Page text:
I think for the longest time, my mind just thought of this as a vacation from home. It didn’t hit me just how permanent this move felt until one day all of the campus WiFi went out. Everyone on my dorm floor came out of their rooms, unable to be in the comfort of their internet connection. People began to scramble into our study lounge to play card games, or people were heading out in small groups to get boba. That night for me, however, I called my friends from home. I sat outside on the dorm balcony, listening to my friend’s voice on the other line telling me about how their college experience was going. They told me that everything was great, and that their workplace sucked, but at least they were around people they loved. I told them I missed them. They said that they missed me too, but that we would hang out soon.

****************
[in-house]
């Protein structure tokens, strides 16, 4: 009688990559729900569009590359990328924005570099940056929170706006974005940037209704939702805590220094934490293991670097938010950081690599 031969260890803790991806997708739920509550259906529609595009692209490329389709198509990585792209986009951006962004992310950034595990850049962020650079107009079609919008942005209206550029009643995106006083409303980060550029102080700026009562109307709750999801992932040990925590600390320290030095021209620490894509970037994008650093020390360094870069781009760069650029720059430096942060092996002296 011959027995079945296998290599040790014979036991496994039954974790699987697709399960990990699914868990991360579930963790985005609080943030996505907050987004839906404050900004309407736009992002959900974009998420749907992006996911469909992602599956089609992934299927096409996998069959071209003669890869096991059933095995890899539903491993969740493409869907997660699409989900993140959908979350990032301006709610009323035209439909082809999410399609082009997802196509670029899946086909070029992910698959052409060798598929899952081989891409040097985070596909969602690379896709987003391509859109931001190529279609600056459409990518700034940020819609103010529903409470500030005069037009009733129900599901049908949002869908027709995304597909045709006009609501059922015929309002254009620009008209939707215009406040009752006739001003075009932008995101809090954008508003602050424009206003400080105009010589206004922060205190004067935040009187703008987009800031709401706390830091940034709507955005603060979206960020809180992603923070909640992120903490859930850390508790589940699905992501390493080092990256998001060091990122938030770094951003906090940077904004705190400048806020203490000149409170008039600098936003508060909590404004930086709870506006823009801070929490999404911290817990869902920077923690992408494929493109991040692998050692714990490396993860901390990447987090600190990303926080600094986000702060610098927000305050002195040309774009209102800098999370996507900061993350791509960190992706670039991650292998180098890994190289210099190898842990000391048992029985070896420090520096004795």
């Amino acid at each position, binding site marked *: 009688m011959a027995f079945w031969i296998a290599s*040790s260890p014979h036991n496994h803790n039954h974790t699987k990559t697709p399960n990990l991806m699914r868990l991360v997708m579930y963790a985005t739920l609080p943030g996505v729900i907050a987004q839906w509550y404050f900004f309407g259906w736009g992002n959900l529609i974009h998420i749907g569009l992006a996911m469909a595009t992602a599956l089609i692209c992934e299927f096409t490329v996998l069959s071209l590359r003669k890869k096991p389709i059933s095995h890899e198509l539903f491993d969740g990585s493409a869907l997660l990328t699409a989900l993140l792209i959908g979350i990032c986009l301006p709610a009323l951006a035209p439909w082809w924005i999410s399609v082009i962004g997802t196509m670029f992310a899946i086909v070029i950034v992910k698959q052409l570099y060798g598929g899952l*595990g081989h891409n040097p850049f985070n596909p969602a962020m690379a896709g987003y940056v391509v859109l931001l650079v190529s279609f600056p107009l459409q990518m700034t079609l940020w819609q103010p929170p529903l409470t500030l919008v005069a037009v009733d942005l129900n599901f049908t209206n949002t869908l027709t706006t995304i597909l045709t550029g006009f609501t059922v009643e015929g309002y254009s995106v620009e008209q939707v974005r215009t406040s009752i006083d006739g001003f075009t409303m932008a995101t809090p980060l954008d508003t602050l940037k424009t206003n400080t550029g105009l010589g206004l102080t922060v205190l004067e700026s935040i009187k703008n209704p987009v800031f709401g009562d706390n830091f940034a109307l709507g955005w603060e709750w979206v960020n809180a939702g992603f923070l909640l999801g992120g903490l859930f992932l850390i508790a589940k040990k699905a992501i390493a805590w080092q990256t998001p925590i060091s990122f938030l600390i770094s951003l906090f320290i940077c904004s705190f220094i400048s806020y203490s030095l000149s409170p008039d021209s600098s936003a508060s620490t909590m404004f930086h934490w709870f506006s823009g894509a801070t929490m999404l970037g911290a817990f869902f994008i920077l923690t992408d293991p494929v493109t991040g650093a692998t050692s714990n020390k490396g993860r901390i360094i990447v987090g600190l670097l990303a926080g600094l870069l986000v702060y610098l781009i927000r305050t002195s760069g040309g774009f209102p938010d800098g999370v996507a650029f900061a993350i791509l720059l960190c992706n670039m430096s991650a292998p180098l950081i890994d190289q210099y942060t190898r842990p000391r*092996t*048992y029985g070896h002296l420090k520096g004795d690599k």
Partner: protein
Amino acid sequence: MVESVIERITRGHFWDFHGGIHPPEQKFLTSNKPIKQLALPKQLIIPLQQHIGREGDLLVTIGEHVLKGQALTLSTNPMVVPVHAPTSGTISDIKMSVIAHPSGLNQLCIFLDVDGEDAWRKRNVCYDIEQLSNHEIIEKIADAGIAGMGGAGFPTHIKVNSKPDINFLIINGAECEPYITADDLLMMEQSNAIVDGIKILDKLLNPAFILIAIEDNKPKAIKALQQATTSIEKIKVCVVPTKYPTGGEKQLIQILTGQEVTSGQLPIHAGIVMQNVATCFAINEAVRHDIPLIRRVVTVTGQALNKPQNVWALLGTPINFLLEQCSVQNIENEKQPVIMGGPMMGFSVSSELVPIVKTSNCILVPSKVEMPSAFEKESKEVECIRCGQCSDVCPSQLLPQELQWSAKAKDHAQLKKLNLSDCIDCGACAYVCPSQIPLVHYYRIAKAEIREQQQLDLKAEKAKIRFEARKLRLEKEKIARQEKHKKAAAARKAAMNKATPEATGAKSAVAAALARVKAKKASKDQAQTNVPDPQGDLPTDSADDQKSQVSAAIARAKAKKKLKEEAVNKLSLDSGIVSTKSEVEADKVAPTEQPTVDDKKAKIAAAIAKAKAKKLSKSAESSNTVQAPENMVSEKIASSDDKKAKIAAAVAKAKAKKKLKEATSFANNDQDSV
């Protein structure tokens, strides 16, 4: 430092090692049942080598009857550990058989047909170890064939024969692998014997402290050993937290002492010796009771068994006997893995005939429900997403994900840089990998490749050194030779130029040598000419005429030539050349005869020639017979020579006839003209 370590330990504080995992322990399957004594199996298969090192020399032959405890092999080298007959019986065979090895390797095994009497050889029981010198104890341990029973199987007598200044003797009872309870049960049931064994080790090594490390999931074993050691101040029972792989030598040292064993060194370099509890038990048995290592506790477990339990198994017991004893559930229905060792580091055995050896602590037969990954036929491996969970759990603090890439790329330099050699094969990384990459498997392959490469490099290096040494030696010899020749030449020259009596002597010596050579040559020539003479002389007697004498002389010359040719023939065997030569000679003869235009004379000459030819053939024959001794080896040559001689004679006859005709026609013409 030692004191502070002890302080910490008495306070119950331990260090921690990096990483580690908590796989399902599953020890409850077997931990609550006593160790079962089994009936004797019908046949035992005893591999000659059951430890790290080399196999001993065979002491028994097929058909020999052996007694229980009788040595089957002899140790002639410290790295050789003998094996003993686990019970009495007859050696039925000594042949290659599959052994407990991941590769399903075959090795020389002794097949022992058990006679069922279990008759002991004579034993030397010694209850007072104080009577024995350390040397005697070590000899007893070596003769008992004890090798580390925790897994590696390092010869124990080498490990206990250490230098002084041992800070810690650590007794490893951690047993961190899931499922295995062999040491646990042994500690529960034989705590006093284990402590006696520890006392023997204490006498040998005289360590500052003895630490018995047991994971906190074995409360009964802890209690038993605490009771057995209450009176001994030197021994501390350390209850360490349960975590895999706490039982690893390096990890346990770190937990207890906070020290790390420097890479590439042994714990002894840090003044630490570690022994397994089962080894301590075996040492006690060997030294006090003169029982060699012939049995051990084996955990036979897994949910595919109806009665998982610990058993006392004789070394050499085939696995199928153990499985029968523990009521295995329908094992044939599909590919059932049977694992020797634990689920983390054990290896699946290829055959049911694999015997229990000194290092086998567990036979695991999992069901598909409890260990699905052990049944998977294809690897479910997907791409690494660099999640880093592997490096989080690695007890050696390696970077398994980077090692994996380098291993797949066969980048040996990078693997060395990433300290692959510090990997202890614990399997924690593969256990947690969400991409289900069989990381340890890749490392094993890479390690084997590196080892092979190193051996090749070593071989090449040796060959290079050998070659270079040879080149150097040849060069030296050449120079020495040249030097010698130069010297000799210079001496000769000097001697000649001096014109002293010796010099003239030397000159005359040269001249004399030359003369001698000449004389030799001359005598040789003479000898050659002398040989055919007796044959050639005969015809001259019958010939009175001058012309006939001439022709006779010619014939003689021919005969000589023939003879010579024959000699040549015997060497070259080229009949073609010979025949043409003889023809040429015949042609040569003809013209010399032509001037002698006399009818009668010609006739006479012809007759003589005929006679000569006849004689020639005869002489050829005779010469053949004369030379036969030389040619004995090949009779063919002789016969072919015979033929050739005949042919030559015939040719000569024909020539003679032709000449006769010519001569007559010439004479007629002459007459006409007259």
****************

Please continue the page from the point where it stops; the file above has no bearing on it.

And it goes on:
When I hung up the phone, it was like I had the biggest wake up call. I was 408 miles from home, all the way across from California, feeling every mile pull me farther apart.
I’m a junior now in Berkeley, so I can’t really say I still feel that distance tug on me as much as it did my freshman year. I’ve made so many close connections here, finding my home in clubs such as Cal Rotaract, and really growing in my college experience. And for many of you thinking about going to colleges far away from your home, this article is obviously not to discourage you from doing so. My experience may not be your experience, but it’s important to know that there’s a certain reality when you move away.